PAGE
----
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The intensifier test

Posted by Simon Parke, 11 May 2017, 3.50pm

There is a (probably mythical) story concerning the script for a political speech.

Written in red biro on page two, alongside the third paragraph, is:

‘Argument weak here, speak louder.’

It’s all about intensifiers, things which appear to strengthen what we say.

So shouting or raising my voice is one option.

If I want to tell my wife I don’t care what she thinks, I could simply speak it, normal volume.

But if I shout it, seriously bellow it - ‘I don’t care what you think!!’, it might have extra shock value, more intensity.

But it’s not just about volume.

Another option is to add a word as an intensifier.

(Like I did two lines up with ‘seriously’.)

So I could say ‘I really don’t care what you think!’ or if I want to up the ante, employ a stronger one, ‘I fucking don’t care what you think!’

There’s a wide range of intensifiers to choose from.

Instead of being grateful, for instance, which might not seem enough, we might feel the need to be ‘tremendously grateful’.

Or if we’re feeling insecure in an argument, instead of saying ‘I feel sure about this’ we might say ‘I feel very sure about this’ or ‘I feel one hundred per cent certain.’

(As if sureness or certainty are on a continuum. I mean, you either are sure or you’re not and it’s the same with certainty. There aren’t fifty shades. The intensifiers here are meaningless.)

And intensifiers don’t mean anything, they don’t make anything more true.

To say ‘I’m fantastically happy’ – big intensifier in play - is not saying anything more than ‘I’m happy’.

It’s like putting a gold coat on a pig.

It may get the pig noticed…but it’s still a pig.

And there’s a law of diminishing returns.

If you always put a gold coat on the pig, if it becomes the standard practice in the pig pen, it won’t even serve to get you noticed.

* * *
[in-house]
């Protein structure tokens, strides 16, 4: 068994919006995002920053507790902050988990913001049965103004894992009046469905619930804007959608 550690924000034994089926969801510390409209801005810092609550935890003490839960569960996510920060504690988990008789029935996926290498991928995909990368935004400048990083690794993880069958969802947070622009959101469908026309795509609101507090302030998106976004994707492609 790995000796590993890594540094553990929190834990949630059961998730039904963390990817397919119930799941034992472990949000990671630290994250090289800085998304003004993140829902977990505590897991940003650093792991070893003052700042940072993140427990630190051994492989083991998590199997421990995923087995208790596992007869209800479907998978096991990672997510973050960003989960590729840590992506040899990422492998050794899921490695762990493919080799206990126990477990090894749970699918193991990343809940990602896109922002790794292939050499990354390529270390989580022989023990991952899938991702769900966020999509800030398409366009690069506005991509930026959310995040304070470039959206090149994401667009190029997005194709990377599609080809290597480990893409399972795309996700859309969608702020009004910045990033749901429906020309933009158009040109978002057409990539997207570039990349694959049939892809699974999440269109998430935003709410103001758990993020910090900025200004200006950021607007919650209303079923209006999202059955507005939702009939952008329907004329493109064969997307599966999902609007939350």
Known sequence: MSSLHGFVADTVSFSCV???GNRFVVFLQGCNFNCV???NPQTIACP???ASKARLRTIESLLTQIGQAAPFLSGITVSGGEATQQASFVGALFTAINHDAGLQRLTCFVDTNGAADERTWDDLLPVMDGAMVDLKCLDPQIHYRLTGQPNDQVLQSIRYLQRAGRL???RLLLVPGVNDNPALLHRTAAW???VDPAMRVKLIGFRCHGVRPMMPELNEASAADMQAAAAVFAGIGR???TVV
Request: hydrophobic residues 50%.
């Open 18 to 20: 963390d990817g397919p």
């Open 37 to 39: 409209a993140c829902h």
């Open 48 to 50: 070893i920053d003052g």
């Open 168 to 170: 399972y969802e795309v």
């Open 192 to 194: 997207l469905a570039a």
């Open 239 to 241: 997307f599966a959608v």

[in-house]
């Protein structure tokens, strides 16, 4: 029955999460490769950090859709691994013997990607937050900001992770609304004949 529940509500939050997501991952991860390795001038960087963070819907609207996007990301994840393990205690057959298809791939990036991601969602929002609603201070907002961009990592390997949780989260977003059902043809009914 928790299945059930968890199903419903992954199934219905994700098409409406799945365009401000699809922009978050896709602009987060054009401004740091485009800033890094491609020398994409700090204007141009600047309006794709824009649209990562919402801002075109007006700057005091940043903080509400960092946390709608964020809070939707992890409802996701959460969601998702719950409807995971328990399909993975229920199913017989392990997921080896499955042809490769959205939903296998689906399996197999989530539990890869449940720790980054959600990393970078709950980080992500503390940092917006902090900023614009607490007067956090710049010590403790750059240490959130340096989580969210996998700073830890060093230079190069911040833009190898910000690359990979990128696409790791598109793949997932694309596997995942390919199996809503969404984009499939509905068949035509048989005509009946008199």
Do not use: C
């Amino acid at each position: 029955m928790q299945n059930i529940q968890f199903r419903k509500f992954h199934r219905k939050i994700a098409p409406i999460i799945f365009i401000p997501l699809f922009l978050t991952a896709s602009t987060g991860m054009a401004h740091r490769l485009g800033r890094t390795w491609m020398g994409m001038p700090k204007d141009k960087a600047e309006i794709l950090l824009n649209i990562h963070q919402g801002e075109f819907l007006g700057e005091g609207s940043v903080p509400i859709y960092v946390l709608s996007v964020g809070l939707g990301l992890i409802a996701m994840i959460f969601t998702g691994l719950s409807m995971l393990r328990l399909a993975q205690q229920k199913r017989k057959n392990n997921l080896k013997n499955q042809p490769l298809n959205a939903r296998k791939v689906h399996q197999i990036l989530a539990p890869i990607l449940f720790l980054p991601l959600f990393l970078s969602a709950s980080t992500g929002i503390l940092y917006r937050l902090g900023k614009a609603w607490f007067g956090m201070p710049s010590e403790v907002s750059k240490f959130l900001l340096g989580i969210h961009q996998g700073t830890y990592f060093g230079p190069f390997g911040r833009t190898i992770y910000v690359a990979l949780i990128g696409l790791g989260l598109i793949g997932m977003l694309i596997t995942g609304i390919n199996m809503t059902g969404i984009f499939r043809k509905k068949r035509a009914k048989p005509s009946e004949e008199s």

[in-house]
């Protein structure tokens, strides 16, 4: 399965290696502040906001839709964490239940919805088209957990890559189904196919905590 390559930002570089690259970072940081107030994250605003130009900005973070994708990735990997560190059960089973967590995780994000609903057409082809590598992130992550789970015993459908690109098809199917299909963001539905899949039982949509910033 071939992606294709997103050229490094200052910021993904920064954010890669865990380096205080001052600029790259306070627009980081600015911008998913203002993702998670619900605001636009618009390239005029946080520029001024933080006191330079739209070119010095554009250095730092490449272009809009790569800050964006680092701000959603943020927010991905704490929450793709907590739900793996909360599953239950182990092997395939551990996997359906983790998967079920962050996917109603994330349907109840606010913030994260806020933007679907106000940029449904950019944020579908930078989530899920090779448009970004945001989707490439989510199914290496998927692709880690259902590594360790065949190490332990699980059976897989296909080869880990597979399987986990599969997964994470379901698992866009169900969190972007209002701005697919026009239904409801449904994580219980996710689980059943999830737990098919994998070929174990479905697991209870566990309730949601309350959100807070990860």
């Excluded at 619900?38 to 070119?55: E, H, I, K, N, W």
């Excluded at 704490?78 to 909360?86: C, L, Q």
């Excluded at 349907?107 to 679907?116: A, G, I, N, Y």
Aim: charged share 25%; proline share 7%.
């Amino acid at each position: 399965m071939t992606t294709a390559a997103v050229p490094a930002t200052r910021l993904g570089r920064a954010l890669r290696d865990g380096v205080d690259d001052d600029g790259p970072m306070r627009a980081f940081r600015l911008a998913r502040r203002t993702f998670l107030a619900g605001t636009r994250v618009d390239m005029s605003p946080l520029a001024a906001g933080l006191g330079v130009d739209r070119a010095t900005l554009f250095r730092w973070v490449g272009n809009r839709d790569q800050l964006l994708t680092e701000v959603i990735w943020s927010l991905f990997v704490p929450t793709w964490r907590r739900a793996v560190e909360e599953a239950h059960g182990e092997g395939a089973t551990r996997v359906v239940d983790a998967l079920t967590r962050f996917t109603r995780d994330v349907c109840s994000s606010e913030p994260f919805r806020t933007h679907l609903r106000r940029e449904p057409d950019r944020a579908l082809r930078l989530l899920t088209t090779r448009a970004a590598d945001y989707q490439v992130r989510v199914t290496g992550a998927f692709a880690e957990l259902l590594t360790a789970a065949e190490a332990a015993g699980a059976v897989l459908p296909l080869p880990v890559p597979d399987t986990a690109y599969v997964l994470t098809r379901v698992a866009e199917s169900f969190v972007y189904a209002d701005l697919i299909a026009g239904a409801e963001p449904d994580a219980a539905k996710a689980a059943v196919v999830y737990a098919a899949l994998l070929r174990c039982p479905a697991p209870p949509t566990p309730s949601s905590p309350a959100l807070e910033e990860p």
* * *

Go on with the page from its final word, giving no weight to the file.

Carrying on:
Just like if everything is ‘totally awesome!’.

‘Awesome’ used to be a word describing God, a figure who engendered awe. Now it can describe a fairly decent night out at the cinema.

This is a sign of an intensifier getting tired and diminishing in value. It will soon need to be replaced.

(How about ‘Monstrous’? That was a popular intensifier in the 17th century.)

Bill boards outside West End shows are a further case in point. Every show/actor is ‘Brilliant!’ ‘Must see!’ ‘Remarkable!’ ‘Kill for a ticket!’ ‘Best show in town!’

They have all the impact of old wall paper…intensifiers eat themselves in the end.

In my experience, experience of myself that is, they are usually a sign of an insecure ego, a sign of fear.

They appear to strengthen what I say:

‘This is absolutely unacceptable!’

But in the cold light of day they’re ridiculous.

Isn’t something being unacceptable enough of a judgement?

Intensifiers are used by sales people, whether they’re selling toothpaste, religion, the latest novel or Brexit.

So my basic principle, (trying to avoid sales teams) is a phrase coined by Jesus: Let your ‘yes’ be ‘yes’ and your ‘no’ be ‘no.’’

Intensifiers, like the red biro by paragraph three, make nothing more truthful.

And may make it less so.

 
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